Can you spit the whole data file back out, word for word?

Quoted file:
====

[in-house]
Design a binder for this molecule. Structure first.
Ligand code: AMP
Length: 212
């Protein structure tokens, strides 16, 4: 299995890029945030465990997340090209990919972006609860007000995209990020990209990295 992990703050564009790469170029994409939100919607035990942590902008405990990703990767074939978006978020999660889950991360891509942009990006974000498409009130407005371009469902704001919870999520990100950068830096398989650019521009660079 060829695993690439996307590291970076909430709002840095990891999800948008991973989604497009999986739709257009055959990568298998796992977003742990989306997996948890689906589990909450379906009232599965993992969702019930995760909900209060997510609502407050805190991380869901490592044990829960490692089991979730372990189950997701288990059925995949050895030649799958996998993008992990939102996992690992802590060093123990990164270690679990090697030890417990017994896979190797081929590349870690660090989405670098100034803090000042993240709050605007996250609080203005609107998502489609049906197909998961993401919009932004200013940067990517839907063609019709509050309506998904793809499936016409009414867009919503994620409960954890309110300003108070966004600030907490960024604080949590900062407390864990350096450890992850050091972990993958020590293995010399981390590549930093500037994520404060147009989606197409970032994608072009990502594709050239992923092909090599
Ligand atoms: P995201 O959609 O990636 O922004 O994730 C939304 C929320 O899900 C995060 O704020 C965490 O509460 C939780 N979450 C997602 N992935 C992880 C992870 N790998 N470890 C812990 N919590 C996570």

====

[in-house]
Design a binder for this molecule. Structure first.
Ligand code: AMP
Length: 212
């Protein structure tokens, strides 16, 4: 299995890029945030465990997340090209990919972006609860007000995209990020990209990295 992990703050564009790469170029994409939100919607035990942590902008405990990703990767074939978006978020999660889950991360891509942009990006974000498409009130407005371009469902704001919870999520990100950068830096398989650019521009660079 060829695993690439996307590291970076909430709002840095990891999800948008991973989604497009999986739709257009055959990568298998796992977003742990989306997996948890689906589990909450379906009232599965993992969702019930995760909900209060997510609502407050805190991380869901490592044990829960490692089991979730372990189950997701288990059925995949050895030649799958996998993008992990939102996992690992802590060093123990990164270690679990090697030890417990017994896979190797081929590349870690660090989405670098100034803090000042993240709050605007996250609080203005609107998502489609049906197909998961993401919009932004200013940067990517839907063609019709509050309506998904793809499936016409009414867009919503994620409960954890309110300003108070966004600030907490960024604080949590900062407390864990350096450890992850050091972990993958020590293995010399981390590549930093500037994520404060147009989606197409970032994608072009990502594709050239992923092909090599
Ligand atoms: P995201 O959609 O990636 O922004 O994730 C939304 C929320 O899900 C995060 O704020 C965490 O509460 C939780 N979450 C997602 N992935 C992880 C992870 N790998 N470890 C812990 N919590 C996570």